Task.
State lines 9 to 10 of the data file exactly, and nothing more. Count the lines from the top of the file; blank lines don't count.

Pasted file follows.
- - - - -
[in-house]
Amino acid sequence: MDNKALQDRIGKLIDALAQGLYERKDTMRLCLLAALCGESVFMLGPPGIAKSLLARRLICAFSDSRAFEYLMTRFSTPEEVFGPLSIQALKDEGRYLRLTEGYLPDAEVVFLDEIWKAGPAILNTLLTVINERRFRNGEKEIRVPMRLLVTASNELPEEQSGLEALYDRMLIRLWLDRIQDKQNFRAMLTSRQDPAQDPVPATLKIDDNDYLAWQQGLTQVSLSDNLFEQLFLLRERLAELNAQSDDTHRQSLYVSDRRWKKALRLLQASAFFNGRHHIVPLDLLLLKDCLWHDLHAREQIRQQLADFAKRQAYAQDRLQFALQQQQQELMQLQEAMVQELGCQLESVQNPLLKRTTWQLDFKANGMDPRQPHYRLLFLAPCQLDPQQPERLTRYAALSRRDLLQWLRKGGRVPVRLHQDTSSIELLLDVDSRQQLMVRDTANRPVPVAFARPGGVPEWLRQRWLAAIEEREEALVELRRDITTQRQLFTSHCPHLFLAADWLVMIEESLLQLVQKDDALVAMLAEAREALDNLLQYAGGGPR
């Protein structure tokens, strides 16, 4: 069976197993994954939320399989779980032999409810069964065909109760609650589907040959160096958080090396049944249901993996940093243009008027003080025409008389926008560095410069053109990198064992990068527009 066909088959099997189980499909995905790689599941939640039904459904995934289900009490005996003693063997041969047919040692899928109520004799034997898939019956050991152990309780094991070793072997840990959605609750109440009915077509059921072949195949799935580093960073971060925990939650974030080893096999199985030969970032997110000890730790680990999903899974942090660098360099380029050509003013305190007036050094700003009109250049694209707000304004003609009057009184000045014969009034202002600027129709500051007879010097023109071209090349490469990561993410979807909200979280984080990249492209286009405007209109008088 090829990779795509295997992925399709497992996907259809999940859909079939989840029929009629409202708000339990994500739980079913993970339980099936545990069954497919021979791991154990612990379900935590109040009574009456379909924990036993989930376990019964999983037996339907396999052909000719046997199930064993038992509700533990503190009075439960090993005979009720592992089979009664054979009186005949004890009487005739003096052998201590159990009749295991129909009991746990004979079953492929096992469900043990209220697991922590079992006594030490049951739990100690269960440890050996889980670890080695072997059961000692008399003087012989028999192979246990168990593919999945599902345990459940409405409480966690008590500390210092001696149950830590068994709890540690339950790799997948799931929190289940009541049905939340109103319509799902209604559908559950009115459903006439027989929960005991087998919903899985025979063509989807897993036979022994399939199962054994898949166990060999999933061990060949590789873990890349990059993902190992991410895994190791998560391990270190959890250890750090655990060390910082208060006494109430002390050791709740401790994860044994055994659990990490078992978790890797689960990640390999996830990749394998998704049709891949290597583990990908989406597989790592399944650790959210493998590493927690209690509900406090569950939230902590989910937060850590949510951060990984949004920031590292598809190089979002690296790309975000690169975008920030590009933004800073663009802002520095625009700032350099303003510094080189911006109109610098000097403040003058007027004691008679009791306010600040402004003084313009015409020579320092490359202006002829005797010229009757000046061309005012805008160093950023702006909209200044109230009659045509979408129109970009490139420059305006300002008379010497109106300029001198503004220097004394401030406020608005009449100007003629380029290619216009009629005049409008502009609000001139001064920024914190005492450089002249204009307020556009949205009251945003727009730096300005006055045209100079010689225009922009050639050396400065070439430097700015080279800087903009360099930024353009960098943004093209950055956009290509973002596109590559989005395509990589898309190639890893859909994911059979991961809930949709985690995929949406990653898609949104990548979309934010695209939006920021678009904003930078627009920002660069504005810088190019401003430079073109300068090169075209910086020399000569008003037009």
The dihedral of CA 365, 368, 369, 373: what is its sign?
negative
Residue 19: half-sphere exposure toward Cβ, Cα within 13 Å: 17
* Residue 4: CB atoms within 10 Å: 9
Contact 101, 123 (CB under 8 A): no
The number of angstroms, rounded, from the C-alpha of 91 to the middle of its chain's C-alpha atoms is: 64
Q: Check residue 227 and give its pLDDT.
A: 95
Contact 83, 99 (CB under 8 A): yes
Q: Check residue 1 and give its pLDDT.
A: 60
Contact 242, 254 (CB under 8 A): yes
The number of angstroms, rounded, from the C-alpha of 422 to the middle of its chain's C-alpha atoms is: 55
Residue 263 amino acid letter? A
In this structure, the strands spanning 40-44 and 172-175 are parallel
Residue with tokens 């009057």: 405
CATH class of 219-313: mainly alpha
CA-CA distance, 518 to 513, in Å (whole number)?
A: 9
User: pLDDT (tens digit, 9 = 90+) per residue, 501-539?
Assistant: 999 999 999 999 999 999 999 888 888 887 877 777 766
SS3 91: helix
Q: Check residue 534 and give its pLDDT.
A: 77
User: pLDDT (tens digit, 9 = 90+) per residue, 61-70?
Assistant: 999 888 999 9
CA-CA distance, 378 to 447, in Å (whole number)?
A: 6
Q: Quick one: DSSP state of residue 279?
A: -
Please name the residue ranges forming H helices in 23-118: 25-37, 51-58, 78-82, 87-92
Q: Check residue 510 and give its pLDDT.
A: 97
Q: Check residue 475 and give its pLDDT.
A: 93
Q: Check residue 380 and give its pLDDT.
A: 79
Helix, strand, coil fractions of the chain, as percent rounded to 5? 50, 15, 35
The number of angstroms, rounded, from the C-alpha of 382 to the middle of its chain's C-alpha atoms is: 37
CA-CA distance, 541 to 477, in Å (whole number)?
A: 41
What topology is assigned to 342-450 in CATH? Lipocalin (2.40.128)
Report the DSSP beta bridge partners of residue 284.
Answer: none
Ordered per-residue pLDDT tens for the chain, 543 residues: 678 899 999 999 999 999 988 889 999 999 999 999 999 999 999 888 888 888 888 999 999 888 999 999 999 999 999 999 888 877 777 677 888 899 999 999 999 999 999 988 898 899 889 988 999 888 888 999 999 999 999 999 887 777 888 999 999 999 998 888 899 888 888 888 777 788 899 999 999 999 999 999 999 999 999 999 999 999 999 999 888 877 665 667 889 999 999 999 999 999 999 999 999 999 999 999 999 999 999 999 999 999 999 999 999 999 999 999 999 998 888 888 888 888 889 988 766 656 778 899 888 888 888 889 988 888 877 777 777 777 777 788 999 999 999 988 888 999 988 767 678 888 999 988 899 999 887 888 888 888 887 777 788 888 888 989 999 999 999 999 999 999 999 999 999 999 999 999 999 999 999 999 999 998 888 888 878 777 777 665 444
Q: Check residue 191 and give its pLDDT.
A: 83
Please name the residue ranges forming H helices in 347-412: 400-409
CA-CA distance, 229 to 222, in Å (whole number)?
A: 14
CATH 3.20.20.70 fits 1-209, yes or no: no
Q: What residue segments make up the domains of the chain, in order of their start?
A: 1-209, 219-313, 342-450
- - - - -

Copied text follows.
The number of angstroms, rounded, from the C-alpha of 91 to the middle of its chain's C-alpha atoms is: 64
Q: Check residue 227 and give its pLDDT.